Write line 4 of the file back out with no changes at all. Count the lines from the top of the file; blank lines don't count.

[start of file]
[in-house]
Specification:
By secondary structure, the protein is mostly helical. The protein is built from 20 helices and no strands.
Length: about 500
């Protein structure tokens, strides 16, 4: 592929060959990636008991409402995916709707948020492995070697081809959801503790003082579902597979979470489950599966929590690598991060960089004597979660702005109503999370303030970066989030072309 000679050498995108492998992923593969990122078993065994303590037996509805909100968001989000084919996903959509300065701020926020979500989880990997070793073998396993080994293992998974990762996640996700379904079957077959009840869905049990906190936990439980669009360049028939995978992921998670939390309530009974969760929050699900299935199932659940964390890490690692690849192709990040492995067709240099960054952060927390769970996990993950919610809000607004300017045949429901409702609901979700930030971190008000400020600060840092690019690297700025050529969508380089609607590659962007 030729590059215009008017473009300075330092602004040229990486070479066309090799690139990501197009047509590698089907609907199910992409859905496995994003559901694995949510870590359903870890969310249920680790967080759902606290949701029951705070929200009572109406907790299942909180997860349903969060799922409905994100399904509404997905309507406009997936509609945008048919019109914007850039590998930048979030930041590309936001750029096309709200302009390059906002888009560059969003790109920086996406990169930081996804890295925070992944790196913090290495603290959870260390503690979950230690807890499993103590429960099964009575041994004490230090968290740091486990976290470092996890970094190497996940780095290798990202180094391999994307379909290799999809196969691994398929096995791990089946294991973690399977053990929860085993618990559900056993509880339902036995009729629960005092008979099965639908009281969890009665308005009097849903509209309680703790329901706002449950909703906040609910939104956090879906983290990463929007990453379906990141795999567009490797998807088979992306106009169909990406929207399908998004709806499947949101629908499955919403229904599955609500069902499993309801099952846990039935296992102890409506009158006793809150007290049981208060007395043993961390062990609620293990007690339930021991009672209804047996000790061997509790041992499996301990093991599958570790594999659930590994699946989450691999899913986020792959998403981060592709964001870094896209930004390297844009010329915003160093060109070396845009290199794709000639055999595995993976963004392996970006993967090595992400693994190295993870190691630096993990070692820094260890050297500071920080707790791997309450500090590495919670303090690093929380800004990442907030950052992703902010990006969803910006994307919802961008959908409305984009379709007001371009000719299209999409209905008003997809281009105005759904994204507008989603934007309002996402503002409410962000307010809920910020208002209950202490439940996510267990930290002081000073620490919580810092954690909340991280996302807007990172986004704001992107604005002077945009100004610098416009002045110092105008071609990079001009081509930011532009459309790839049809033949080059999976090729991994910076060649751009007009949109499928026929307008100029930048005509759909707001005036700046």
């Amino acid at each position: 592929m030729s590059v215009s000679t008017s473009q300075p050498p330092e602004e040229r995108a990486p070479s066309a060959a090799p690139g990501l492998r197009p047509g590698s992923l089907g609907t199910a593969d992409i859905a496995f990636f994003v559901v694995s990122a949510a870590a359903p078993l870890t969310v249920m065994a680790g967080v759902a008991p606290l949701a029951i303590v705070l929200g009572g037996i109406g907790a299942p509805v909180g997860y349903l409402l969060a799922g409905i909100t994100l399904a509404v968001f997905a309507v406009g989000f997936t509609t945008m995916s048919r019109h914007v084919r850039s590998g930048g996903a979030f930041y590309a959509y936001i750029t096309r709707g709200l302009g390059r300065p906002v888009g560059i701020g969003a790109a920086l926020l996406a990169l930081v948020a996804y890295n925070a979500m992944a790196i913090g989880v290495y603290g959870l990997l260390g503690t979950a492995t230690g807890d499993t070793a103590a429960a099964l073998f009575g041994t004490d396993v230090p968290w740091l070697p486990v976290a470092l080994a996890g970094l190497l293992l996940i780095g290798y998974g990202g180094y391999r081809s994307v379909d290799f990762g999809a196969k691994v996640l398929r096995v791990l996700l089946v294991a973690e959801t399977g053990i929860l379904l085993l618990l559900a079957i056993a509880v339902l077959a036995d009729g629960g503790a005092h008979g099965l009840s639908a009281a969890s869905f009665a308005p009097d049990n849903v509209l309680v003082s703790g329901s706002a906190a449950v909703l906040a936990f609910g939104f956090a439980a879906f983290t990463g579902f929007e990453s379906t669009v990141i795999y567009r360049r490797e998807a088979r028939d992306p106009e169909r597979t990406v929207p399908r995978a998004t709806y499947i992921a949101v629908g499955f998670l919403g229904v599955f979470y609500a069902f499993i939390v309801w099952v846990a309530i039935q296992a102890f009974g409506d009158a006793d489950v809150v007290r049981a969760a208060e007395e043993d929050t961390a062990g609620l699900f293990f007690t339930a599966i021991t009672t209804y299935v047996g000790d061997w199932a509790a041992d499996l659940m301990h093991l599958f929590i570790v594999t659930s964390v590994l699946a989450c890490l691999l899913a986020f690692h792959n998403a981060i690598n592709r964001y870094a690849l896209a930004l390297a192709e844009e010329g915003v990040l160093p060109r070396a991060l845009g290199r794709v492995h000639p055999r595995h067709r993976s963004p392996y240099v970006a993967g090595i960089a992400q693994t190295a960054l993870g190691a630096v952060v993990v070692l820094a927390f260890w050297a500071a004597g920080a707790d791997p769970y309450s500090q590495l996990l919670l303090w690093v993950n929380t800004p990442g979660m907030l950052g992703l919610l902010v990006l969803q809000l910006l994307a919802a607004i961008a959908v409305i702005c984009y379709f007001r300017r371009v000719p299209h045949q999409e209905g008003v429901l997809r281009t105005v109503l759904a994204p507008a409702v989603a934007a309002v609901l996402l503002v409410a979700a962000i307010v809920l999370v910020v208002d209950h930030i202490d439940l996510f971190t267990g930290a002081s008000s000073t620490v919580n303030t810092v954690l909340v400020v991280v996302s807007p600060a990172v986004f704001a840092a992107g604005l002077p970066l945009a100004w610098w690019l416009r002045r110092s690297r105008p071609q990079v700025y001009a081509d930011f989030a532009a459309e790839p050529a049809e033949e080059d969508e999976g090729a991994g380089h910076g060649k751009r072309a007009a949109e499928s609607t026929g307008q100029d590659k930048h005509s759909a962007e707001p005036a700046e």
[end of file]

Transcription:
Length: about 500